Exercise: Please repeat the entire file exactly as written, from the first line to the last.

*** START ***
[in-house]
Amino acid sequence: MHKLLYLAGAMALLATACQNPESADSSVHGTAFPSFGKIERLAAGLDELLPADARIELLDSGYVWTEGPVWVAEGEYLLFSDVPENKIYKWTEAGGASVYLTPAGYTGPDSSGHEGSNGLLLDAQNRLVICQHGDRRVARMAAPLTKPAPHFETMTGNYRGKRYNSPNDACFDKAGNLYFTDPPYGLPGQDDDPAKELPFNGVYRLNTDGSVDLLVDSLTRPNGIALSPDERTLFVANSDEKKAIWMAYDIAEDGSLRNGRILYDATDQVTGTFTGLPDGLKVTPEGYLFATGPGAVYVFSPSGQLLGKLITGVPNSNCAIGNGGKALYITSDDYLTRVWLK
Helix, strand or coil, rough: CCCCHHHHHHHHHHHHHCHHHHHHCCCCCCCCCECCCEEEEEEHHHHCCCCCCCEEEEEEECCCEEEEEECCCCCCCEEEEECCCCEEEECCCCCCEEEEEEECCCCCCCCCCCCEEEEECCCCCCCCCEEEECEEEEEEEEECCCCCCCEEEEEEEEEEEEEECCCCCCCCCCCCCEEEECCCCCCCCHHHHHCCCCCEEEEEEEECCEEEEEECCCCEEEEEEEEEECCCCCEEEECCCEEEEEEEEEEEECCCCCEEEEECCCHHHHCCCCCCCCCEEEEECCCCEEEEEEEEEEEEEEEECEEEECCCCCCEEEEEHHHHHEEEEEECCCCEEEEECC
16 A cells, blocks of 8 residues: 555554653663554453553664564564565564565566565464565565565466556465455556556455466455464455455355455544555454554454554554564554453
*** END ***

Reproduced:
[in-house]
Amino acid sequence: MHKLLYLAGAMALLATACQNPESADSSVHGTAFPSFGKIERLAAGLDELLPADARIELLDSGYVWTEGPVWVAEGEYLLFSDVPENKIYKWTEAGGASVYLTPAGYTGPDSSGHEGSNGLLLDAQNRLVICQHGDRRVARMAAPLTKPAPHFETMTGNYRGKRYNSPNDACFDKAGNLYFTDPPYGLPGQDDDPAKELPFNGVYRLNTDGSVDLLVDSLTRPNGIALSPDERTLFVANSDEKKAIWMAYDIAEDGSLRNGRILYDATDQVTGTFTGLPDGLKVTPEGYLFATGPGAVYVFSPSGQLLGKLITGVPNSNCAIGNGGKALYITSDDYLTRVWLK
Helix, strand or coil, rough: CCCCHHHHHHHHHHHHHCHHHHHHCCCCCCCCCECCCEEEEEEHHHHCCCCCCCEEEEEEECCCEEEEEECCCCCCCEEEEECCCCEEEECCCCCCEEEEEEECCCCCCCCCCCCEEEEECCCCCCCCCEEEECEEEEEEEEECCCCCCCEEEEEEEEEEEEEECCCCCCCCCCCCCEEEECCCCCCCCHHHHHCCCCCEEEEEEEECCEEEEEECCCCEEEEEEEEEECCCCCEEEECCCEEEEEEEEEEEECCCCCEEEEECCCHHHHCCCCCCCCCEEEEECCCCEEEEEEEEEEEEEEEECEEEECCCCCCEEEEEHHHHHEEEEEECCCCEEEEECC
16 A cells, blocks of 8 residues: 555554653663554453553664564564565564565566565464565565565466556465455556556455466455464455455355455544555454554454554554564554453